In April 2007, montelukast gained United States Food and Drug Administration (FDA)-approved labeling as a single dose for prevention of exercise-induced bronchospasm in patients aged 15 years or older. Currently, to our knowledge, no data exist that compare standard of care (i.e., pretreatment with albuterol) with montelukast for prevention of exercise-induced bronchospasm in children. Therefore, our primary hypothesis in this study was that pretreatment with albuterol would provide superior protection against exercise-induced bronchospasm compared with montelukast in children with asthma. A secondary objective was to determine whether Cys-LT concentrations measured in the exhaled breath condensate correlated with response to montelukast.
This prospective, randomized, double-blind, double-dummy, crossover clinical trial was conducted from November 1, 2005-April 30, 2007. Patients aged 7-17 years with physiciandiagnosed asthma for at least 6 months in addition to self-reported exercise-induced bronchospasm were screened. Long-term controller drugs were allowed if patients were receiving a stable dosage for at least 4 weeks. Patients were excluded if they had a history of cardiac dysfunction, were unable to perform exercise challenge or spirometry, used montelukast for asthma management, had upper respiratory infection in the previous 4 weeks, or used oral corticosteroids in the previous 3 months. Informed consent and authorization for the use and disclosure of Protected Health Information were obtained according to institutional review board-approved processes of the University of New Mexico.
The study consisted of four visits: screening visit, baseline visit, study visit 1, and study visit 2 (Figure 1). Exercise-induced bronchospasm was assessed at the screening visit followed by a baseline visit in 1-14 days, when a second exercise challenge was performed. Patients were required to have a positive exercise challenge, defined as a 15% or greater decrease in forced expiratory volume in 1 second (FEV1), at both the screening and baseline visits to qualify. At the end of the baseline visit, eligible patients were randomly assigned to receive either montelukast capsules 5-10 mg (depending on age) or matching placebo capsules to be taken every night. Study visit 1 was scheduled 3-7 days later (Figure 1). At this visit, exhaled breath condensate was measured, and baseline spirometry was performed. Patients who had received montelukast were then instructed to use 2 puffs of a placebo metered-dose inhaler (MDI) without a spacer 15 minutes before the exercise challenge; patients who had received placebo used 2 puffs (90 µg/puff) of an albuterol MDI 15 minutes before the exercise challenge. At the end of study visit 1, patients were crossed over to the alternative therapy and scheduled for study visit 2.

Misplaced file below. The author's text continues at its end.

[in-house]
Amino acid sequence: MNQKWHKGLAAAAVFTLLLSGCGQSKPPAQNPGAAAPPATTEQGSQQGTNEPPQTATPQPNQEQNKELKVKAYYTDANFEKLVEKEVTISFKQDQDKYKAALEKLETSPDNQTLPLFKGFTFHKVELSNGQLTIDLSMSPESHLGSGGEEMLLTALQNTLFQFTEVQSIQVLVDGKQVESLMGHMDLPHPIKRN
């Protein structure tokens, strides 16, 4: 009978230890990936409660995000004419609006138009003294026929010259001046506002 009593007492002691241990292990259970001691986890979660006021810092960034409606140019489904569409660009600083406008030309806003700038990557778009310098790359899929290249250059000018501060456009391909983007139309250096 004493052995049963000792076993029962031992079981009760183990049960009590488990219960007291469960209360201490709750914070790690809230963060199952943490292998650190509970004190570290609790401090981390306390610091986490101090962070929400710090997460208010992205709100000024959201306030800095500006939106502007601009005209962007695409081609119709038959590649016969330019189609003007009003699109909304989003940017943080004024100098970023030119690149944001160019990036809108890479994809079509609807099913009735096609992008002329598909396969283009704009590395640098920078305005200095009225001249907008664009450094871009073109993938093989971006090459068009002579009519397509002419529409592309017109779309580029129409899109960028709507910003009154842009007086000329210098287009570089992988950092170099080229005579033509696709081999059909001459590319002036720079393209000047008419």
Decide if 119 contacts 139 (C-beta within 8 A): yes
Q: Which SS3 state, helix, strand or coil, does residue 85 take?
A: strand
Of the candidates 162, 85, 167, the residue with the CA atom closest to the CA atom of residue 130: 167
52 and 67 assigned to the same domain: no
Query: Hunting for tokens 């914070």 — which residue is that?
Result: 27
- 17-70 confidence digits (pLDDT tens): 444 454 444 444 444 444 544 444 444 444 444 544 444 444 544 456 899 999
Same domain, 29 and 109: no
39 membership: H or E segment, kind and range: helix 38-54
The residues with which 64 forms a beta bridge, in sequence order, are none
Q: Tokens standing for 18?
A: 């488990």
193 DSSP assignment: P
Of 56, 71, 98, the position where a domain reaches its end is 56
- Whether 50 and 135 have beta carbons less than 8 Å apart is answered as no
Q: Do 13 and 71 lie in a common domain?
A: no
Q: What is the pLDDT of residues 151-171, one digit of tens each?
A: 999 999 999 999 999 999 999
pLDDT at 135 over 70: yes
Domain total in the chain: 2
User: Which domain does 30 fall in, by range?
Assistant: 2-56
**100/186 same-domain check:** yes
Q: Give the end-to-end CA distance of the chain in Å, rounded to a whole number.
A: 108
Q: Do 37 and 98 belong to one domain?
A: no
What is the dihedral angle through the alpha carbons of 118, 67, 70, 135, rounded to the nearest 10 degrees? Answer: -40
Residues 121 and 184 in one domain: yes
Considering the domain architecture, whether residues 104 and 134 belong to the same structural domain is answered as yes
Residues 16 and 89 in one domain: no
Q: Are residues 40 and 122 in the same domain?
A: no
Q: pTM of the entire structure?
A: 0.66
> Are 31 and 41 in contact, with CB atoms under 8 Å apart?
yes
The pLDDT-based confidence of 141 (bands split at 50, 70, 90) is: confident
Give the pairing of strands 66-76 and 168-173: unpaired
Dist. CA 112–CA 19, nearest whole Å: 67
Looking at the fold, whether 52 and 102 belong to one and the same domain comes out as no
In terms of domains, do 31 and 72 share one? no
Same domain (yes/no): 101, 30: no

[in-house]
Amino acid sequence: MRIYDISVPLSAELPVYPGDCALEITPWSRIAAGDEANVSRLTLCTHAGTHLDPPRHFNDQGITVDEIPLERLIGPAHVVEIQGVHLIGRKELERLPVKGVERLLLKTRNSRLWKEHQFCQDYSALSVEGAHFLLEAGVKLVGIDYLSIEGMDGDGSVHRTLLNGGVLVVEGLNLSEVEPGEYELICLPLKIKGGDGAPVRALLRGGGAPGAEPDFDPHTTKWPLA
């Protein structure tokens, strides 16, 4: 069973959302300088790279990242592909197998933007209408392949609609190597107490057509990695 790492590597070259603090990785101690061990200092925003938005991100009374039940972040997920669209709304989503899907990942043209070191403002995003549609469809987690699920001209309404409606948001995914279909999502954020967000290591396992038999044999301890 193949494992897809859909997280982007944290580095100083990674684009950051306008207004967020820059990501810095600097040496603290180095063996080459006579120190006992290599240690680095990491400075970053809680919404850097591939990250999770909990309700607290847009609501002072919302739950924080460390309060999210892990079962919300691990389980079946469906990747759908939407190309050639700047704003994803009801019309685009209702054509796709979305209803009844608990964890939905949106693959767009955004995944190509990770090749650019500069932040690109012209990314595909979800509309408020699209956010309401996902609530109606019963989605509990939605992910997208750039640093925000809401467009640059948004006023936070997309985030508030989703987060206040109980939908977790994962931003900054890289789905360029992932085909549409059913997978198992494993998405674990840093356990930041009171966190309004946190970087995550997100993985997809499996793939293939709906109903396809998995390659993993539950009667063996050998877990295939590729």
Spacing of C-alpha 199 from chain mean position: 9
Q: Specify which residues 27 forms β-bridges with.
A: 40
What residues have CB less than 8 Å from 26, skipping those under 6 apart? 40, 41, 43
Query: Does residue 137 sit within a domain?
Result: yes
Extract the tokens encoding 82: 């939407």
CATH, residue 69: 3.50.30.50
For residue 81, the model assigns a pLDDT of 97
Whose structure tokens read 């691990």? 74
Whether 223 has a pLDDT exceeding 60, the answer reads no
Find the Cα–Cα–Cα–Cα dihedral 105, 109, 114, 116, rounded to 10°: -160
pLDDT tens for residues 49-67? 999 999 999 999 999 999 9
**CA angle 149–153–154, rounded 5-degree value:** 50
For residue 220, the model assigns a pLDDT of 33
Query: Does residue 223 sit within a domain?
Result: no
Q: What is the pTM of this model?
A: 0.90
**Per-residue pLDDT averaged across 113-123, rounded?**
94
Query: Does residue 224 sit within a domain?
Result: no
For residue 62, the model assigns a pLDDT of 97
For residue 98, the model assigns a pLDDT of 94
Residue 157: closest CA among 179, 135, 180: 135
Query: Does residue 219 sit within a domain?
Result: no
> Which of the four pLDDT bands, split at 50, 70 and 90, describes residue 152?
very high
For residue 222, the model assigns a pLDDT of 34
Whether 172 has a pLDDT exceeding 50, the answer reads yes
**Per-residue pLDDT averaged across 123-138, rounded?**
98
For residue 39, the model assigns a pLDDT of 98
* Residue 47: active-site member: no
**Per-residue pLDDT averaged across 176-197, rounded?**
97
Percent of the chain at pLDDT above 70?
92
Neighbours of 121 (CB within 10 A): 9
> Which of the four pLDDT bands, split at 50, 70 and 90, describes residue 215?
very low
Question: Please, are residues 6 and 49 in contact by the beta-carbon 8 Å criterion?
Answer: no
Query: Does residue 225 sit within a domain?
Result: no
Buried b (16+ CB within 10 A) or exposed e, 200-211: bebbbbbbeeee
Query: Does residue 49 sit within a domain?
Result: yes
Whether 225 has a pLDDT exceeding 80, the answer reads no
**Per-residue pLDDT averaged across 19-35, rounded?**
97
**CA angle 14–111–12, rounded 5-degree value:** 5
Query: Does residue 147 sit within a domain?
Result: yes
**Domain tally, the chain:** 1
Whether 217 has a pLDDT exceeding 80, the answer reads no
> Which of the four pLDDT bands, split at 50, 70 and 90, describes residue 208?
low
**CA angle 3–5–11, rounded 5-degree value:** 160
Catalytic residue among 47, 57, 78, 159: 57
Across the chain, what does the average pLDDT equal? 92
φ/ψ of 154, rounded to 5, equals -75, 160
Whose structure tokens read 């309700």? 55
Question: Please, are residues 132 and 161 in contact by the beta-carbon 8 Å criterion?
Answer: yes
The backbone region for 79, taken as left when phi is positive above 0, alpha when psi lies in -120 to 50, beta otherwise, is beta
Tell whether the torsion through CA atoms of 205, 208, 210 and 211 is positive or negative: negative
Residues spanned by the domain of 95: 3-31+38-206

Figure 1. (click image to zoom)Schematic of the study procedures.
To allow double blinding of the study drug, placebo and montelukast capsules were prepared from chewable tablets by the investigational pharmacist, based on experience from another study. The study drugs were dispensed for each subject according to a random code. Patients were instructed to take placebo or montelukast capsules at 9:00 P.M. every night and to bring all their unused study drugs to the clinic at study visits 1 and 2 in order to monitor adherence. All visits were scheduled for 7:30 A.M. (± 30 min), so the exercise challenge could be performed approximately 12 hours (± 30 min) after the last dose of montelukast.
Preexercise spirometry was performed 5 minutes before the challenge. The preexercise FEV1 was required to be at least 70% of the predicted value and within 20% of the baseline visit value at study visits 1 and 2. A standardized exercise challenge was performed on a treadmill. Workload was increased until 80-90% of the maximum heart rate (220 minus age) was achieved in the first 2 minutes, and exercise was sustained for 6 minutes. The individual workload established at enrollment for each patient was used as a starting point at each visit and was adjusted as needed to achieve 80-90% of the maximum heart rate.